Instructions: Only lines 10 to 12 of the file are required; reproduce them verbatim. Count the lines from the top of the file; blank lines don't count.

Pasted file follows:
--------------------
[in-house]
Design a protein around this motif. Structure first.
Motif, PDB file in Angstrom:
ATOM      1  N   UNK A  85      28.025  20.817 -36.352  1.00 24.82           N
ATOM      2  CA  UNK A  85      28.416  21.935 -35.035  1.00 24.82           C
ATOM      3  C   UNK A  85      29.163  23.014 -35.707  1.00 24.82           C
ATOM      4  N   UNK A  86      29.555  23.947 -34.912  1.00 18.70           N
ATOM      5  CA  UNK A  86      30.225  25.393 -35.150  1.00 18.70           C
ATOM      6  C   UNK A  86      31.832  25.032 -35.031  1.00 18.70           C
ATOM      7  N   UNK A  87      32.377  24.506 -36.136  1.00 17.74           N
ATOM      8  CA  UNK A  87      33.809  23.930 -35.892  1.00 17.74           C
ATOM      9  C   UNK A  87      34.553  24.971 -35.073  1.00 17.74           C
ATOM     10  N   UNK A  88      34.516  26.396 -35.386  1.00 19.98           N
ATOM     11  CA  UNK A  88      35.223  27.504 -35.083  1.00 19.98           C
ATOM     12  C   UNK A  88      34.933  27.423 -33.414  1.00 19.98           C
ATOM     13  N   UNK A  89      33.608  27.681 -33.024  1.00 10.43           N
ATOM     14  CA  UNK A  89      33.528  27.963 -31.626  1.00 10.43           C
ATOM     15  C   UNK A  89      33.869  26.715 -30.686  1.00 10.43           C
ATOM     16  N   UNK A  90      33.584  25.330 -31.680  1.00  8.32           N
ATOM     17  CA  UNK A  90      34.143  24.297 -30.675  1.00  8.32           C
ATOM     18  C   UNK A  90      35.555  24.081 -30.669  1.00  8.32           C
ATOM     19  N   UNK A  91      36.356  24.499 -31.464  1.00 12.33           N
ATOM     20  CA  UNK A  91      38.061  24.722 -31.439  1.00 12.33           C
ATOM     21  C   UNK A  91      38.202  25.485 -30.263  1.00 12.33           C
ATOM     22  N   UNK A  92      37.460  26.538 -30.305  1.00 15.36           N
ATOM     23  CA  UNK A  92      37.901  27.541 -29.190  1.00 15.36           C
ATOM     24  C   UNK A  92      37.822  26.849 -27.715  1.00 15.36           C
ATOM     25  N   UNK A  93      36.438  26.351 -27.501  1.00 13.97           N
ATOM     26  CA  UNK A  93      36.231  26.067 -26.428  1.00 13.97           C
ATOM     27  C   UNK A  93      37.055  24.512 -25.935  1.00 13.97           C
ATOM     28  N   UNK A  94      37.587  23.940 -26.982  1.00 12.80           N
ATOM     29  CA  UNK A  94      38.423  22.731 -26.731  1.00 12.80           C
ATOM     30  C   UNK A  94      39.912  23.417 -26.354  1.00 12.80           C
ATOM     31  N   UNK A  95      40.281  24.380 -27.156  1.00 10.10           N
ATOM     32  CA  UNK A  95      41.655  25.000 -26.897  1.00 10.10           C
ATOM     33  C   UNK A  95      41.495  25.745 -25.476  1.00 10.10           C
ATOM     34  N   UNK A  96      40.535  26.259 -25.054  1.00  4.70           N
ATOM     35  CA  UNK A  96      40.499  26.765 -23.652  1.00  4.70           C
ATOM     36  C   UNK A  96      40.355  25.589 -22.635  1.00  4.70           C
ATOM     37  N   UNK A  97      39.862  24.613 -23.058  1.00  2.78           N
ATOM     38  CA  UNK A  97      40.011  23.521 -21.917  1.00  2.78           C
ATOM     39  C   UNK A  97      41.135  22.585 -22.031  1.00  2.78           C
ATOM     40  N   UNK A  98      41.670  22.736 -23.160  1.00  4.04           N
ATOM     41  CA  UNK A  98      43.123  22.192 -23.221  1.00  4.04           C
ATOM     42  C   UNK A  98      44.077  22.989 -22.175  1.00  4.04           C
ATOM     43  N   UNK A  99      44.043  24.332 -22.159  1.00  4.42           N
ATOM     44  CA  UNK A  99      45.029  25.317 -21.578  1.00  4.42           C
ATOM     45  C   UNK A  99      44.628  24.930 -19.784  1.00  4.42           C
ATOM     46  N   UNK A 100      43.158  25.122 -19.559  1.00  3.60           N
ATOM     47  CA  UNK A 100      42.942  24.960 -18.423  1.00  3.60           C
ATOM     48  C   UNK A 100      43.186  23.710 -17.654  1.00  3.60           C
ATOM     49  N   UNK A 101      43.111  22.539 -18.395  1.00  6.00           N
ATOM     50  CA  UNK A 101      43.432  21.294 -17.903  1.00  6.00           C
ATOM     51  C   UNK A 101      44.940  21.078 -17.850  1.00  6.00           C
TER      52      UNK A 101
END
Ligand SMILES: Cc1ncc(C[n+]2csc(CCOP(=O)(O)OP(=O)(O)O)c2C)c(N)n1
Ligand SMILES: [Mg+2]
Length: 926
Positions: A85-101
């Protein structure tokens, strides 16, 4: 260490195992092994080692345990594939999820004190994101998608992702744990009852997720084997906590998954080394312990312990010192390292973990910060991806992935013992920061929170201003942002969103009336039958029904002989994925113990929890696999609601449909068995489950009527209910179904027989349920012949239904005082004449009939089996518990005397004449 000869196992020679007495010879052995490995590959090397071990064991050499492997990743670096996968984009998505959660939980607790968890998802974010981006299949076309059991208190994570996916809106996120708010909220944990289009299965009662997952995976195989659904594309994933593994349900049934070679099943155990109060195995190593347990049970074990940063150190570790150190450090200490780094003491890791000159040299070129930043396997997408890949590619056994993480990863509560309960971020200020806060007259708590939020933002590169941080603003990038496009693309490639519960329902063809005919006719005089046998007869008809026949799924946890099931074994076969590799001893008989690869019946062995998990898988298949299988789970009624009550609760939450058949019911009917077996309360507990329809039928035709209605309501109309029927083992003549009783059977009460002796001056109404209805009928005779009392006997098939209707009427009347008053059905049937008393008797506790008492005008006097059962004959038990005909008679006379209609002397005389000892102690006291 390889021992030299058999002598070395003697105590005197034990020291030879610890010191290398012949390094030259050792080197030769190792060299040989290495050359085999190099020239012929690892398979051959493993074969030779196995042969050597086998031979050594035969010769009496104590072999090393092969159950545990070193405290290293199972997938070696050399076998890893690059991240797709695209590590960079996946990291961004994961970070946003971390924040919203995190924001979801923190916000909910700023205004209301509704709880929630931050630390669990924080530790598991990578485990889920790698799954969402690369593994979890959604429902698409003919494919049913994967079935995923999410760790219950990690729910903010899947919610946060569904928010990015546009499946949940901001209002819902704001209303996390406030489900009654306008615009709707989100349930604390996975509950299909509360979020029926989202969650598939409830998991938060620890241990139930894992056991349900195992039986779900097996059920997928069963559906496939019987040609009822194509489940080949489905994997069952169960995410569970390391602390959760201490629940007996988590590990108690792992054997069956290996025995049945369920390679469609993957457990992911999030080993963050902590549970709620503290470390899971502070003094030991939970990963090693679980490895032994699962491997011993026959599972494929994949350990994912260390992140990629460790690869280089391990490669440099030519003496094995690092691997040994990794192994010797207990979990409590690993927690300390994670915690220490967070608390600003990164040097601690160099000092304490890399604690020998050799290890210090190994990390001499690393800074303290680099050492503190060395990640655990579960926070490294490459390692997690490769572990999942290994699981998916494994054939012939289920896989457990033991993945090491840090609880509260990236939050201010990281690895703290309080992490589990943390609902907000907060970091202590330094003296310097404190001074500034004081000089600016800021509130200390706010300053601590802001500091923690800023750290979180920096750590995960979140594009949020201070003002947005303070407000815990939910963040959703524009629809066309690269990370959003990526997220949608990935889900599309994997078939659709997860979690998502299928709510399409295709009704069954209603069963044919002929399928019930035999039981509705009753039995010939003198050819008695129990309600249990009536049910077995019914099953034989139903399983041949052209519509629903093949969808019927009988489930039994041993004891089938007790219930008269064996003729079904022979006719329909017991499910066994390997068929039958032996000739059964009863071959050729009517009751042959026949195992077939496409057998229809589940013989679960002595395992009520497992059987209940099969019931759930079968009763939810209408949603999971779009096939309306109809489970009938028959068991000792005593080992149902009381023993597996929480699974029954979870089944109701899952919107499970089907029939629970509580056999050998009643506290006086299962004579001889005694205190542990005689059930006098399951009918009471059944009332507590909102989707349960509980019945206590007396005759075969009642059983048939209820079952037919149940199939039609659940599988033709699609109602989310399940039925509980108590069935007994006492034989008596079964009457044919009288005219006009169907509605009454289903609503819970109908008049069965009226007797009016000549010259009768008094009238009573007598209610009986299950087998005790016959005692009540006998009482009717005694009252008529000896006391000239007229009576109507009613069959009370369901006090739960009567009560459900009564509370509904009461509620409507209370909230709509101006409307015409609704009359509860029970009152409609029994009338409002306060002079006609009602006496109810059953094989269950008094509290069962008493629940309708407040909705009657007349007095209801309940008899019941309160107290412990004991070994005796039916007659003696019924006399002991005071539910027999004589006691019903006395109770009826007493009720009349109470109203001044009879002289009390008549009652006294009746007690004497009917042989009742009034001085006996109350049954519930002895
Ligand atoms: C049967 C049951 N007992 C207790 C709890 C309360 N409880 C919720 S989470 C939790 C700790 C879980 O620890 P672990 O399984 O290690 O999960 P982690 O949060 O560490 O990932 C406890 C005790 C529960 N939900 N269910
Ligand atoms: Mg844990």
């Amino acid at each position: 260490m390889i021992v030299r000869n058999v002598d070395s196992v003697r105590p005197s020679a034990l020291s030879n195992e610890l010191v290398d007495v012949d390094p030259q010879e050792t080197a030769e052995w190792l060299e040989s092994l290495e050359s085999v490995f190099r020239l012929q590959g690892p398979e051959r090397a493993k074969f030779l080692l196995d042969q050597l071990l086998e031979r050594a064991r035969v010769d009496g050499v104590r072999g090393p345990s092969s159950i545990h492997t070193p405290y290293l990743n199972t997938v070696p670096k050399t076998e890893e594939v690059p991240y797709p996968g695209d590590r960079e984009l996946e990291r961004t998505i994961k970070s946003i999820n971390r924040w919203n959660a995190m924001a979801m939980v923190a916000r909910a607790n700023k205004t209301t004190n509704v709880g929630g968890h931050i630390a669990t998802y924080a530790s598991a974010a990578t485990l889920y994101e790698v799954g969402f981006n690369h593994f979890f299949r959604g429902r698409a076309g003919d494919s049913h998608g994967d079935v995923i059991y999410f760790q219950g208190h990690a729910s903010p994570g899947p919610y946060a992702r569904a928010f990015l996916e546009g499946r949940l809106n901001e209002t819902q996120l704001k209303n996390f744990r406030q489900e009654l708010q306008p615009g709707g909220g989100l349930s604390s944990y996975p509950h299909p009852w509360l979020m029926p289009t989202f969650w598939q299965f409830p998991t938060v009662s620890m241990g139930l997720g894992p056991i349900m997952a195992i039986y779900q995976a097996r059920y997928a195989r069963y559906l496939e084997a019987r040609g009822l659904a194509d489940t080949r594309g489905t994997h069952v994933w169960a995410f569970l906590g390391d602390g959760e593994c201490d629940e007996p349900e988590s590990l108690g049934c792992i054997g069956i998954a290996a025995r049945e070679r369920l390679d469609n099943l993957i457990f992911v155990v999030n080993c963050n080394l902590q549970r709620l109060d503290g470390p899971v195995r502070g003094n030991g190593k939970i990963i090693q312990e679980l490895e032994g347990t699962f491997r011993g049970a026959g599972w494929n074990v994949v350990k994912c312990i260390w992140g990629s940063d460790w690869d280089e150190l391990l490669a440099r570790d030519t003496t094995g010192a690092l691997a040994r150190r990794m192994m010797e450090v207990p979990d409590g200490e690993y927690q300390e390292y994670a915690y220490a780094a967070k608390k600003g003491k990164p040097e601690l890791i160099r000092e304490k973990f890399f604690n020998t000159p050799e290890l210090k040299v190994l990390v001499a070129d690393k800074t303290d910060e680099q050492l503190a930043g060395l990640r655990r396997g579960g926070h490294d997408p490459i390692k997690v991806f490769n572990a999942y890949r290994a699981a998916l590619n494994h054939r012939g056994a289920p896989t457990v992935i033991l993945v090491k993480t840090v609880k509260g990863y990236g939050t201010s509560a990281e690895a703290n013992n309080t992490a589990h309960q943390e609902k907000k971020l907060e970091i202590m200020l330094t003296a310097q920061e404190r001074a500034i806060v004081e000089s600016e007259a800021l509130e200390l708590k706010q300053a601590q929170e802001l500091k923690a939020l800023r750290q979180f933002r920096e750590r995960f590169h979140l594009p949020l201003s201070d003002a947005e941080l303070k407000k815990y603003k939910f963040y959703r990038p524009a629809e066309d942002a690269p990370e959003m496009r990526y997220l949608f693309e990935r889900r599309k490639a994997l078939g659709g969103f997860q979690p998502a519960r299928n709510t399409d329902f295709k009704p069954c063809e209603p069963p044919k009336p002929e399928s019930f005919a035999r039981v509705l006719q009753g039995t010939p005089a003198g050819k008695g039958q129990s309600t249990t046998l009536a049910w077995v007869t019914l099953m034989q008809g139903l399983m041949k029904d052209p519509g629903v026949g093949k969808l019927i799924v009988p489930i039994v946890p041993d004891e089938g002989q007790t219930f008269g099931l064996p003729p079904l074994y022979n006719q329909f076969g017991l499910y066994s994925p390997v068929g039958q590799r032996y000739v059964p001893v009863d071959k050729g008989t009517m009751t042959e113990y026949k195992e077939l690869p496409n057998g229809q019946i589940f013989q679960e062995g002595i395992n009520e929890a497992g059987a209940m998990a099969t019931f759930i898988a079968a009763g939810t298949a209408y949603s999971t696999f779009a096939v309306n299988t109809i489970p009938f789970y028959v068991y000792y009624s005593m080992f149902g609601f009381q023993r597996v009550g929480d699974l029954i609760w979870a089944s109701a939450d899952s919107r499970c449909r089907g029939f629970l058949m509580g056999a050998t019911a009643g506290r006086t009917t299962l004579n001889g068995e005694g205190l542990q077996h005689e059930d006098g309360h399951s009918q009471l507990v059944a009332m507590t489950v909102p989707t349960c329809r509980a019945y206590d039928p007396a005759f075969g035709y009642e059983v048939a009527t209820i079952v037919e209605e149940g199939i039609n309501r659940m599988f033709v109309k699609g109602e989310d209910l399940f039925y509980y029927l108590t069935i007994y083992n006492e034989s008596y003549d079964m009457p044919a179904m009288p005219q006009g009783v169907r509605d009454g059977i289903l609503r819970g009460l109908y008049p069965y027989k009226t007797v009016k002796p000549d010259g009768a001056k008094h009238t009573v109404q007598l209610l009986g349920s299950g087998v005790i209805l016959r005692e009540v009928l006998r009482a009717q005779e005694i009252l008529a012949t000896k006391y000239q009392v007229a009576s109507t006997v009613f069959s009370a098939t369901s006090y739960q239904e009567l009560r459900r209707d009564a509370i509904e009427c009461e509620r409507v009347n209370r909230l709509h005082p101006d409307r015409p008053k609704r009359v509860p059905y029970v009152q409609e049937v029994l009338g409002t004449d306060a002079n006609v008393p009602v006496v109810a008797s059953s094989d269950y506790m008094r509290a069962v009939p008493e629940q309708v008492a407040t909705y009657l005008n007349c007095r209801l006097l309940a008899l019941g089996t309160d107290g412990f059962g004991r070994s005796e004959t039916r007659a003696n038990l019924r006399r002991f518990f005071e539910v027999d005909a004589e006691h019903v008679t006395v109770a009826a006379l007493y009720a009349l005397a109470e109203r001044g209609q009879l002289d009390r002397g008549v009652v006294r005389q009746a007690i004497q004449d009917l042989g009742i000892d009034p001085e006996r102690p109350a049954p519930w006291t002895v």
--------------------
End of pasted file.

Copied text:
ATOM      7  N   UNK A  87      32.377  24.506 -36.136  1.00 17.74           N
ATOM      8  CA  UNK A  87      33.809  23.930 -35.892  1.00 17.74           C
ATOM      9  C   UNK A  87      34.553  24.971 -35.073  1.00 17.74           C